It doesn’t look like the Texas-based chain of schools under ATI Enterprises Incorporated (ATI) have much of a lesson to offer its students regarding honesty and integrity. The education system has agreed to pay the United States government $3.7 million to resolve allegations that it intentionally mislead the government into believing that it met requirements for student aid.
According to the Department of Justice’s release on the matter, the Texas group knowingly made false claims and misrepresentations to the Texas Workforce Commission and to the Accrediting Commission of Career Schools and Colleges about job placement statistics. These statistics are used by those institutions to approve licensing and accrediting, the effect of which is for the institution to be eligible for federal funding.
“For-profit education corporations have come under heavy fire for bilking state-based funding for every available dollar,” commented Christopher Paulos, an attorney with the Levin, Papantonio law firm. “Many educational institutions are often genuinely in need of more funding and then you have a some groups, like ATI, that come along and wrongfully consume what are normally very limited amounts of tax-payer money.” Mr. Paulos practices in the areas of qui tam or whistleblower and false claims act litigation, similar to the case against ATI. “Sadly, most of this money is used to pay skyrocketing tuition costs that are easily traced directly into the administrators’ pockets. Very few funds are used to increase the quality of education for students at such schools.”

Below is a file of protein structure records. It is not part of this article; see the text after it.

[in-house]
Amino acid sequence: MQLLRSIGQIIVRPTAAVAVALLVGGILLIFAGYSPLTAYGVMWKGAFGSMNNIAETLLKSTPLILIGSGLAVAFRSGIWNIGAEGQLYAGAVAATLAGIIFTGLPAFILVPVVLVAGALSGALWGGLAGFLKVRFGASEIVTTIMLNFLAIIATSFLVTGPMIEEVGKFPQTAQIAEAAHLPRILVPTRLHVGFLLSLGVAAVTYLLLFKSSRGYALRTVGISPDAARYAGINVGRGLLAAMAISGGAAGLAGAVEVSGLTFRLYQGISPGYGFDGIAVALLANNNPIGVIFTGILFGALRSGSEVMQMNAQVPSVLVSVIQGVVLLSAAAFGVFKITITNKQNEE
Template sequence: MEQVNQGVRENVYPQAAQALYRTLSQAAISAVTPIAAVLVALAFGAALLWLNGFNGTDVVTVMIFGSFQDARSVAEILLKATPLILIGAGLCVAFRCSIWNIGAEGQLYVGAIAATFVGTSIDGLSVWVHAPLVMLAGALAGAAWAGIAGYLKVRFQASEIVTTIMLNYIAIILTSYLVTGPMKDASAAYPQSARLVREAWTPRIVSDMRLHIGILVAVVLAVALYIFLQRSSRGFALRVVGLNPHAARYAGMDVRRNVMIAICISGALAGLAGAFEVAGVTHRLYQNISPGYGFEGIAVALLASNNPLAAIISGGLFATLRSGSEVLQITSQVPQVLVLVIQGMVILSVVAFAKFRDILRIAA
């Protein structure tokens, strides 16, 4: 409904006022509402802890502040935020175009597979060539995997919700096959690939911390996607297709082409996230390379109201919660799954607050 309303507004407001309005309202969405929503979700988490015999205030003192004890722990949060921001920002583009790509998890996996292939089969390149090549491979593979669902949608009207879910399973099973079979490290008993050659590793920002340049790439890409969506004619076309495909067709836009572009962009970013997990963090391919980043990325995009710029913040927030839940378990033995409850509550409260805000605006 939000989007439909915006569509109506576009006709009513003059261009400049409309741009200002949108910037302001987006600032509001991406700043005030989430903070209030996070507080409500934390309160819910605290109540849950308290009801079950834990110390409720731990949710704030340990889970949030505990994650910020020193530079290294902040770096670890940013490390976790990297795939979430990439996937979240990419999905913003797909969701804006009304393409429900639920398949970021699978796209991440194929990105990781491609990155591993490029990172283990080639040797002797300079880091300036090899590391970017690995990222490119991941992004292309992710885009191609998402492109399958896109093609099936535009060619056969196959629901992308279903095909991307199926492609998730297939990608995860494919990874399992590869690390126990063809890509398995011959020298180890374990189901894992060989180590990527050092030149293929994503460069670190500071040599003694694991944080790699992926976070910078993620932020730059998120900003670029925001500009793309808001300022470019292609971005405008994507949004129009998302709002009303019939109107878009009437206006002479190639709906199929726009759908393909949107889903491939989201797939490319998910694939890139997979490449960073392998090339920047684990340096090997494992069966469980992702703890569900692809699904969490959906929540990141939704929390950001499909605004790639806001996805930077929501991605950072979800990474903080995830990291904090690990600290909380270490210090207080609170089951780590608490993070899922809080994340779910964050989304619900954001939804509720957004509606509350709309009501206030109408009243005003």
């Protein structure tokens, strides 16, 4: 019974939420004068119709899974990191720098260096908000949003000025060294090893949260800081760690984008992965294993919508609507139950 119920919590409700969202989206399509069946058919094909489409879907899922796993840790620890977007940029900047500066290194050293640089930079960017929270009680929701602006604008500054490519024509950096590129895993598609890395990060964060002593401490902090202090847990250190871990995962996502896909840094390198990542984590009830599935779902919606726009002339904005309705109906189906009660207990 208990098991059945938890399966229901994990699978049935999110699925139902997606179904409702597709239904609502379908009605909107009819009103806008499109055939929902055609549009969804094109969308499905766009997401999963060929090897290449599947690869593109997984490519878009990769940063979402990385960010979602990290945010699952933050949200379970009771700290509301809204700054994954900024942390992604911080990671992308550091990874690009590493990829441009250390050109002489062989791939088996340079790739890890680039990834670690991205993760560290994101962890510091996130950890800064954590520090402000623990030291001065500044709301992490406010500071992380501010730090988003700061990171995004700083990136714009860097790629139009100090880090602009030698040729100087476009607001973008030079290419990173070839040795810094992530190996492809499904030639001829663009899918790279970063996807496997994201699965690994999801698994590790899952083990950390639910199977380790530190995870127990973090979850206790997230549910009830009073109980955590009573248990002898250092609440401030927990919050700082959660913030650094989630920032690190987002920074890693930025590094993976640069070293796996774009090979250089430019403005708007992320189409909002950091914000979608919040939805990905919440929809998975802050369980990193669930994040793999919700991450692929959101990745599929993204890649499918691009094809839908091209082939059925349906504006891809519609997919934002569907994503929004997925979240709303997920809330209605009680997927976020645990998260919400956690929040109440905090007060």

Beyond employees misrepresenting their employment statistics to maintain eligibility and accreditation, the government alleged that ATI made a practice of encouraging students to fraudulently enroll. The practice not only falsely took money from the government and thereby taxpayers, but forced students to incur debt in the form of student loans that those students otherwise would not have incurred.
Unfortunately, education fraud is not that rare. Mr. Paulos continued, “Uncovering the submission of false claims by corporations and institutions is a complicated and delicate process. Often it is only uncovered by those with intimate, insider knowledge of an entity’s fraudulent practices coming forward and reporting it through the proper channels. If a person suspects that the company they work for may be fraudulently or wrongfully billing the government, they should contact an experienced attorney immediately.”
The false claims act is designed to protect and incentivise individuals with knowledge of dishonest practices costing the government to come forward and report it. To date the False Claims Act is responsible for recovering billions of fraudulently got gains on behalf of the government.